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NORTH TEXAS (CBSDFW.COM) – The number of sexual relationships between teachers and students continues to rise in Texas and the Texas Education Agency is, in part, blaming social media.

The numbers are  skyrocketing in the Lone Star State. The description isn’t an exaggeration when you consider that last year there were about 150 cases of teachers and students involved in illicit student affairs. TEA spokeswoman DeEtta Culbertson says that isn’t the case now. “At the end of fiscal year 2016, last month, we had opened a total of 222 cases.”

Doug Phillips is the Director of Educator Investigations at the TEA and says the digital society we live in is having an impact on how both children and adults act. “I believe that with the technology that’s available now, as far as electronic communications, that it’s making it easier for these relationships to occur,” he said. “We believe that 99-percent of the cases involve some sort of electronic or social media, at the beginning, and that that fosters these relationships.”

Culbertson says the increase of accusations and investigations is pushing some workers at the TEA to the limit, so they’re asking the state legislature for two new investigators and will later press for more power to investigate the history of new hires.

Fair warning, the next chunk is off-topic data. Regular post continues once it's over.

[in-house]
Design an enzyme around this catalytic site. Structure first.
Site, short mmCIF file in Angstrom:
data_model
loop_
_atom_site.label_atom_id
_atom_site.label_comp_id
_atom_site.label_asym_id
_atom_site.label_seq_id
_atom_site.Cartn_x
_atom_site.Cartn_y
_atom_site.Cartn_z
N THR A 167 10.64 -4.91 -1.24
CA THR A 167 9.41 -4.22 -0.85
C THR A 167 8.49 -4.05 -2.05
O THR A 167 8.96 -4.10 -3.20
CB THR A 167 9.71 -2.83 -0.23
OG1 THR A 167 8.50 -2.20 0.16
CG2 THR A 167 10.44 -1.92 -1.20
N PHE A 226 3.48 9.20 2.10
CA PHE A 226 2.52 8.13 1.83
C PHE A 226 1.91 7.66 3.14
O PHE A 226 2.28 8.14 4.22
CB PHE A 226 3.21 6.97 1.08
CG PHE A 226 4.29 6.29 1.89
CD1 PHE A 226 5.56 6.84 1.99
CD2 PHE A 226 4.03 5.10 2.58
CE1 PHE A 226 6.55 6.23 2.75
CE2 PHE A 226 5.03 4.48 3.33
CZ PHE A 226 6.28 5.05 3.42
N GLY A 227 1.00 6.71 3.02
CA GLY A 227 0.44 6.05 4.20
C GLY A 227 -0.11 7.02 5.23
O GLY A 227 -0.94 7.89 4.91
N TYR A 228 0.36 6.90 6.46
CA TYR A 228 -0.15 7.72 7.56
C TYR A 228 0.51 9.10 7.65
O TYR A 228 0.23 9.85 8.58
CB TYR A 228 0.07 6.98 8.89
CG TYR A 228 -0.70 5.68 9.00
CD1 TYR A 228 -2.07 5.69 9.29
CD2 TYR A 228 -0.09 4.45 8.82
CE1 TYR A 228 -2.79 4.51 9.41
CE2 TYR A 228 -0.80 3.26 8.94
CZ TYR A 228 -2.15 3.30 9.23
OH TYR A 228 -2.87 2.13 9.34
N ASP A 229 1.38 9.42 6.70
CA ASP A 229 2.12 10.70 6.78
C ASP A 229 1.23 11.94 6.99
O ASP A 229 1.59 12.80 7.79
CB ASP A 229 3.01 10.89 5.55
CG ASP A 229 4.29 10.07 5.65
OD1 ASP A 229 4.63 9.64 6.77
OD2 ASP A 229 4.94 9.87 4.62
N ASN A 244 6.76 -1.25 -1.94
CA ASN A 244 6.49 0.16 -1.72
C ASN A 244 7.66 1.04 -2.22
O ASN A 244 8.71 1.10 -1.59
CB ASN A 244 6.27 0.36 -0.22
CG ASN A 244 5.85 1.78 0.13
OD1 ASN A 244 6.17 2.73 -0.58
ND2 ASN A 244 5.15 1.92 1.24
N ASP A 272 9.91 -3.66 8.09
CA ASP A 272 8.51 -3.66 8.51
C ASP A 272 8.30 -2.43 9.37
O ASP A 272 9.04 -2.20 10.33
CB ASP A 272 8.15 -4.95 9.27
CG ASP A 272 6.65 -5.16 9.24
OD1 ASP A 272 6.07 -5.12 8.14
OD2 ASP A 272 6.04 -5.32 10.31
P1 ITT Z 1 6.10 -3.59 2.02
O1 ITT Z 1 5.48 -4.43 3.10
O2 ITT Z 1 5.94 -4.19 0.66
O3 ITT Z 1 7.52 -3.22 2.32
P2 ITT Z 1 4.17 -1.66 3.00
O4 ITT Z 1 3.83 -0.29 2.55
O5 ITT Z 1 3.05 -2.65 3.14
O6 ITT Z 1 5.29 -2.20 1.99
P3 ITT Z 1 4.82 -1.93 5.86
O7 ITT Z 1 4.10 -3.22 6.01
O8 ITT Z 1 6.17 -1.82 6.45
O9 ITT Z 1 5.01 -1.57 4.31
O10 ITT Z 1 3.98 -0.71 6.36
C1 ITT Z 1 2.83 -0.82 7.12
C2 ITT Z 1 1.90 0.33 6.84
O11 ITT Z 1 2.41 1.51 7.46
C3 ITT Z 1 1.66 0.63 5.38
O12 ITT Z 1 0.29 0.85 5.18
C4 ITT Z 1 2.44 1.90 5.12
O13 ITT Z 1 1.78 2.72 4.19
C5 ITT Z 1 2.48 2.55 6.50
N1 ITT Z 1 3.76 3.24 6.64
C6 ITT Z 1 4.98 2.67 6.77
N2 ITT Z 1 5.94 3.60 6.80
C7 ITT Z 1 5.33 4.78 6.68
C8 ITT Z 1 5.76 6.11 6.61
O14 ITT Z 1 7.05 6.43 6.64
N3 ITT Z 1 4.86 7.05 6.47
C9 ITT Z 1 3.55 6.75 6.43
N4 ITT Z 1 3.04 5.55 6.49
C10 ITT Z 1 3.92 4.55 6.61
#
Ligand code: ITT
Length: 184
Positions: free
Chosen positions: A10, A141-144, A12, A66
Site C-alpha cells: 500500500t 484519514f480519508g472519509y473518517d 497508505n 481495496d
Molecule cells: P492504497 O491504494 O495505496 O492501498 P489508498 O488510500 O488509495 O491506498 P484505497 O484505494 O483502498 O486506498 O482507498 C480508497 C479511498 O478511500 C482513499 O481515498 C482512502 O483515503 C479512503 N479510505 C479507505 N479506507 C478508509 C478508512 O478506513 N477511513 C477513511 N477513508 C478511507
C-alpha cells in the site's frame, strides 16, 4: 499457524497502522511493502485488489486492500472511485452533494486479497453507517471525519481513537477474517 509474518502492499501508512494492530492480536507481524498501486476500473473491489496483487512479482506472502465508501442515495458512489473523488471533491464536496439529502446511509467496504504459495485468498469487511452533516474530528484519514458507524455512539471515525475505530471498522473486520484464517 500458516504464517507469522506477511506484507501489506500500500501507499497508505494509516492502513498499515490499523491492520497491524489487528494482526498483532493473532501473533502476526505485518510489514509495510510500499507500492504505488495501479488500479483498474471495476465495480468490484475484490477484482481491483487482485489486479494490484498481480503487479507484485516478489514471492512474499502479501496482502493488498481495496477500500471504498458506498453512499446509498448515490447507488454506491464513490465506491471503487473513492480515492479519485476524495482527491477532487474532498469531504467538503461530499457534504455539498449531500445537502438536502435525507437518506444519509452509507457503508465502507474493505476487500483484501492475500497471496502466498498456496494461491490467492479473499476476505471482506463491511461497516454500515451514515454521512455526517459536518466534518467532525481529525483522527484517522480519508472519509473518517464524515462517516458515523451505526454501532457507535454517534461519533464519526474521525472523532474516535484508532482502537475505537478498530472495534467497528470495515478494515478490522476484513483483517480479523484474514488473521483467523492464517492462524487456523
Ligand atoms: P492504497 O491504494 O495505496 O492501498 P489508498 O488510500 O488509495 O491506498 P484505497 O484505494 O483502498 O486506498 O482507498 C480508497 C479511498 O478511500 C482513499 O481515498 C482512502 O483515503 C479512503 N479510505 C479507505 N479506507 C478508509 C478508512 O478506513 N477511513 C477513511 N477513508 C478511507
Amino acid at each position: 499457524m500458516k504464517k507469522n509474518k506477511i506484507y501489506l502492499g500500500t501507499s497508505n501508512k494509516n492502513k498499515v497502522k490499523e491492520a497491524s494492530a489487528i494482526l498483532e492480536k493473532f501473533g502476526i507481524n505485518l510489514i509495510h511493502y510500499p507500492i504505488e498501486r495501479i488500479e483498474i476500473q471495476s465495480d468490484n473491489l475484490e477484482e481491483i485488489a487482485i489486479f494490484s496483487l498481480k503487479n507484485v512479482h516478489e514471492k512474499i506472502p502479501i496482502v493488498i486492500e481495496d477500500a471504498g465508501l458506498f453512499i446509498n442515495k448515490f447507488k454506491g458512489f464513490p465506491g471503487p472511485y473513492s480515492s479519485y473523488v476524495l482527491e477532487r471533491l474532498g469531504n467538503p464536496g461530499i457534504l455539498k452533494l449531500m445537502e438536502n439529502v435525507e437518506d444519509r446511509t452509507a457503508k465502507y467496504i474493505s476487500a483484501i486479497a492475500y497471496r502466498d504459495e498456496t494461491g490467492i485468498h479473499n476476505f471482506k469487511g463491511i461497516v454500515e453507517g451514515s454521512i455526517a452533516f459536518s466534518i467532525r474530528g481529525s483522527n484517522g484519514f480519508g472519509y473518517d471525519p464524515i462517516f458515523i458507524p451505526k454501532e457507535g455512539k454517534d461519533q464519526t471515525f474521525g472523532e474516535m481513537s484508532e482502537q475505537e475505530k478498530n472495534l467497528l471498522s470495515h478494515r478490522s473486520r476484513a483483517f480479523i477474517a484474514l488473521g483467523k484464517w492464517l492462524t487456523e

Phillips says the increase in reporting actually reflects well on school districts and the system. “I’m hopeful that it’s also an indicator that we’re getting more reporting of these incidents when they do occur, which is a concern we’ve had and we have that they’re being underreported,” he explained. “I’m hopeful that this is also an indication that the districts are taking it more seriously and reporting them more often.”

The TEA is now working with Region 13 Education Service Center, an Austin-based non-regulatory agency that conducts training and consultation for federal and state programs, to develop training that hopefully will be available to school districts sometime next year.

“We’re really wanting the districts to establish and enforce social media polices, trying to limit the ability for one-on-one communication.” Phillips said. “[It will be] training not only in this realm of the inappropriate relationship but, just kind of educator ethics all around.”

Many districts in North Texas have already instituted policies on social media use between teachers and students.

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